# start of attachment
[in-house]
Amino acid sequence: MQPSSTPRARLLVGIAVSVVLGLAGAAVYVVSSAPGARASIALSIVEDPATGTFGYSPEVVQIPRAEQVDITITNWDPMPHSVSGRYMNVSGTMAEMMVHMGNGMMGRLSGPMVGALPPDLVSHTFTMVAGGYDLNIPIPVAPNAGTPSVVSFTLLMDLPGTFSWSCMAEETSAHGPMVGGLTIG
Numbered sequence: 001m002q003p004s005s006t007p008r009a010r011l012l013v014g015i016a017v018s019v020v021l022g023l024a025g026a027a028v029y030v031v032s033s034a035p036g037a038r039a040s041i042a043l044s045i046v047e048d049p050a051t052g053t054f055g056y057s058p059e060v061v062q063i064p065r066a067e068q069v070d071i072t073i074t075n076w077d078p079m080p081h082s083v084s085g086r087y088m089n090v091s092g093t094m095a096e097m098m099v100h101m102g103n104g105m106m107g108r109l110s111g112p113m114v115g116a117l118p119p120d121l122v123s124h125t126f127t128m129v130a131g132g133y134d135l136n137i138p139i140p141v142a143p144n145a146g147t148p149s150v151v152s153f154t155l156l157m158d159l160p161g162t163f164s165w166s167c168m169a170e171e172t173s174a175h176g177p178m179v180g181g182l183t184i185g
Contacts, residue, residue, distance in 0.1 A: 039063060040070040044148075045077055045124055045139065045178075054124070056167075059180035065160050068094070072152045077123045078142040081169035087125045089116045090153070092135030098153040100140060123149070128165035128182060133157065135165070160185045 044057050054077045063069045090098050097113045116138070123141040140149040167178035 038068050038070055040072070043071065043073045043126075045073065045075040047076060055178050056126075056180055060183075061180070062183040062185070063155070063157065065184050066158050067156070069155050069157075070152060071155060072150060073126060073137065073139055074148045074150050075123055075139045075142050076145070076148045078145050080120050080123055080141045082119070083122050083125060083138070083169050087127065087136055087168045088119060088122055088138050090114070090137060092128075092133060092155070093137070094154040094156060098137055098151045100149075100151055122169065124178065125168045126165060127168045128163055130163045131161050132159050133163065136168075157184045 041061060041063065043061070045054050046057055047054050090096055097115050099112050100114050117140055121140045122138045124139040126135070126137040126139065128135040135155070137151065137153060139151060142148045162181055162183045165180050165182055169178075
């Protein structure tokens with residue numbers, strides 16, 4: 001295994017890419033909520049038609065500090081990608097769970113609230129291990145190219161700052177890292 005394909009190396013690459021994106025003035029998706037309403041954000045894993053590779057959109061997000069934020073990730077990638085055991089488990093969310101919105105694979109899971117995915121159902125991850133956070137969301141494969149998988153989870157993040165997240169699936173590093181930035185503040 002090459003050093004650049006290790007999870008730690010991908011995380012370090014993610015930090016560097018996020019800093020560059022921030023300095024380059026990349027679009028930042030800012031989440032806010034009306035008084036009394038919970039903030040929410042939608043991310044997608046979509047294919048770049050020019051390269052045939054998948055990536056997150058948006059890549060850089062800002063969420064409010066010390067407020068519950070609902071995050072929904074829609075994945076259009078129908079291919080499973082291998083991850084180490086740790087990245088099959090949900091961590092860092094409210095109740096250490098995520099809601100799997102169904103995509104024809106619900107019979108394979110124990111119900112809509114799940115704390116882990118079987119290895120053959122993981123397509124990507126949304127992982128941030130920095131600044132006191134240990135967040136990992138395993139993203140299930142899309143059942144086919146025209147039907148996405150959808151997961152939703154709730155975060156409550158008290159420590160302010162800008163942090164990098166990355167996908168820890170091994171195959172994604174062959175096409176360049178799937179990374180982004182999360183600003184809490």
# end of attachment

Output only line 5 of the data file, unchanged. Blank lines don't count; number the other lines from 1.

């Protein structure tokens with residue numbers, strides 16, 4: 001295994017890419033909520049038609065500090081990608097769970113609230129291990145190219161700052177890292 005394909009190396013690459021994106025003035029998706037309403041954000045894993053590779057959109061997000069934020073990730077990638085055991089488990093969310101919105105694979109899971117995915121159902125991850133956070137969301141494969149998988153989870157993040165997240169699936173590093181930035185503040 002090459003050093004650049006290790007999870008730690010991908011995380012370090014993610015930090016560097018996020019800093020560059022921030023300095024380059026990349027679009028930042030800012031989440032806010034009306035008084036009394038919970039903030040929410042939608043991310044997608046979509047294919048770049050020019051390269052045939054998948055990536056997150058948006059890549060850089062800002063969420064409010066010390067407020068519950070609902071995050072929904074829609075994945076259009078129908079291919080499973082291998083991850084180490086740790087990245088099959090949900091961590092860092094409210095109740096250490098995520099809601100799997102169904103995509104024809106619900107019979108394979110124990111119900112809509114799940115704390116882990118079987119290895120053959122993981123397509124990507126949304127992982128941030130920095131600044132006191134240990135967040136990992138395993139993203140299930142899309143059942144086919146025209147039907148996405150959808151997961152939703154709730155975060156409550158008290159420590160302010162800008163942090164990098166990355167996908168820890170091994171195959172994604174062959175096409176360049178799937179990374180982004182999360183600003184809490």